Various possible reasons have been suggested for the observed reporting tendencies. One reason is a comparison with different reference groups, as explained in the Introduction. A second possibility is the asymmetry of health information to which various subgroups have access. If, say, wealthier individuals have better access to health care, which then allows them to be diagnosed with chronic conditions, such access could lead to greater awareness of their ill health. Better health knowledge may in turn affect health expectations (Bonfrer et al. 2014). Sen (2002) offered an extreme example of a person growing up in a poor community where disease incidence is high and health facility access low. Such a person might view symptoms as part of a normal, healthy condition, while they could perhaps be easily prevented or remedied with appropriate treatment.

If poorer individuals systematically underestimate their ill health relative to more-affluent individuals, this will be reflected in their health reporting. Health inequality measures will then underestimate the health-by-wealth gap. Various studies have noted this phenomenon. Some have relied on health-anchoring vignettes to directly correct for reporting behavior, whereas others have provided more indirect evidence by comparing with socioeconomic gradients obtained using more objective, observed measures. Bago d’Uva et al. (2008b), for instance, used anchoring vignettes to correct for systematic reporting differences across various socioeconomic groups in India, Indonesia, and China. In all three countries, systematic differences in the reporting behavior of the poor and the nonpoor are found to lead to underestimation of income-related inequality in self-reported health.5

In what follows, we formally test for wealth- and race-related reporting heterogeneity in SAH measures in South Africa and examine the implications of their occurrence for measuring health inequalities, using the anchoring vignettes approach.

Methodology: Anchoring Vignettes and HOPIT Model

In the presence of reporting heterogeneity, analyses of inequalities in SAH face an identification problem: any measured inequalities in SAH represent a mix between actual associations with health status and reporting heterogeneity (Bago d’Uva et al. 2008a, b; King et al. 2004). This identification problem can be solved with additional data on reporting behavior using anchoring vignettes.6

An anchoring vignette is a description of the level of health of a hypothetical person. Because this description is fixed across individuals, all systematic variation in vignette ratings with respect to individual characteristics is attributed to reporting heterogeneity. Measures of self-assessed health (inequalities) can then be corrected for this reporting heterogeneity (King et al. 2004).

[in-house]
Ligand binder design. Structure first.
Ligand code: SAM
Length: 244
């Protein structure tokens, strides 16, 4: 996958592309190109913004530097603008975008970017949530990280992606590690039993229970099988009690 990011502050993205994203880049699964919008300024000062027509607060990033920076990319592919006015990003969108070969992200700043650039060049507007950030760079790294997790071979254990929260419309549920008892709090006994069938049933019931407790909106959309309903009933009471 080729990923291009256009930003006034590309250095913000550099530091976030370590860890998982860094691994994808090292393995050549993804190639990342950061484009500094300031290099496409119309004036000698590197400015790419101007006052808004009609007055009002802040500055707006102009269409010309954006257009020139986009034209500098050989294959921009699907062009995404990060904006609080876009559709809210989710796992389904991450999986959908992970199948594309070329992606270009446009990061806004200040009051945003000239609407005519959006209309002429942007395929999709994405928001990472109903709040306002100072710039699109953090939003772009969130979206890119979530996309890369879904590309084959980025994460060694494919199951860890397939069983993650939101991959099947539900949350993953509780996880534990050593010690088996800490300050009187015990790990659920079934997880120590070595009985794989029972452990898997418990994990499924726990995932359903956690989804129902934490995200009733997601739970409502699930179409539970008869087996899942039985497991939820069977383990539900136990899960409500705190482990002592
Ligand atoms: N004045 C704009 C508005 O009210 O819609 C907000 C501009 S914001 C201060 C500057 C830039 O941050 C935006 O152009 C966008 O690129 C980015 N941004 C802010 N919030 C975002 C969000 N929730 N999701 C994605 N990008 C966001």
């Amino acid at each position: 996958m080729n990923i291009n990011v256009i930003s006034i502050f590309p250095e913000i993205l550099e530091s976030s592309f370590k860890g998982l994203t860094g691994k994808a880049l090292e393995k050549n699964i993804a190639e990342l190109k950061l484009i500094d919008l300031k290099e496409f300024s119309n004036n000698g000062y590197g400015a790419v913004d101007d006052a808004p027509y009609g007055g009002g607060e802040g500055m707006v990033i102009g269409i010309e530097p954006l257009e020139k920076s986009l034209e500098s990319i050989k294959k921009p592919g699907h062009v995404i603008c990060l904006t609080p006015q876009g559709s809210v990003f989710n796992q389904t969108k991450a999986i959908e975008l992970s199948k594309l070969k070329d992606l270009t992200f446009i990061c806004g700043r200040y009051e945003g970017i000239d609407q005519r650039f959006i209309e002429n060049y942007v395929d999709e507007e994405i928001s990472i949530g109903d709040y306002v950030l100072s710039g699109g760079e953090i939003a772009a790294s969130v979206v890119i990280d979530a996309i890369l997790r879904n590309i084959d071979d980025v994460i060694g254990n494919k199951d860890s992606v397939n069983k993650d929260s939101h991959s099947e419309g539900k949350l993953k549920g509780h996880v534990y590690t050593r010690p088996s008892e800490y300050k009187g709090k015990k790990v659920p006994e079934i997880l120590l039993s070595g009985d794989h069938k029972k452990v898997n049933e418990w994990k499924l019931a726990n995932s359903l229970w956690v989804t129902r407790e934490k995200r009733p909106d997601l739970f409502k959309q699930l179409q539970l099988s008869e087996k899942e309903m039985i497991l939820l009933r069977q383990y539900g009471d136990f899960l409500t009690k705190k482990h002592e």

Data

We use data representative of the South African elderly (aged 50 +) population, taken from the WHO’s SAGE study, a multicountry study recorded in 2008 and containing 3,840 observations for South Africa. Observations with missing values in any of the variables used in the analysis and individuals older than age 90 are dropped, leaving a remaining analytic sample of 2,968.7 Data were collected on health status, chronic conditions, disability, health behavior, and health care utilization (He et al. 2012).

Self-assessed Health Domains and Anchoring Vignettes

SAGE asks respondents to rate the difficulty, on a 5-point scale, that they have in (each of) eight health domains: 1 = no difficulty, 2 = mild difficulty, 3 = moderate difficulty, 4 = severe difficulty, or 5 = extreme difficulty. The domains are mobility, self-care, pain, cognition, interpersonal activities, sleep and energy, affect, and vision.8 In the case of mobility, for instance, the respondent is asked how much difficulty she/he had with moving around in the last 30 days. A similar question structure is applied to the other domains. SAGE collects information on two aspects within each of the eight domains: for instance, in the domain of vision, on far-sightedness and near-sightedness. A detailed description of the 16 health aspects considered in this study, as well as their specific questions, can be found in the online appendix (Table S1). For ease of reference, we refer to these as 16 health domains from here onward.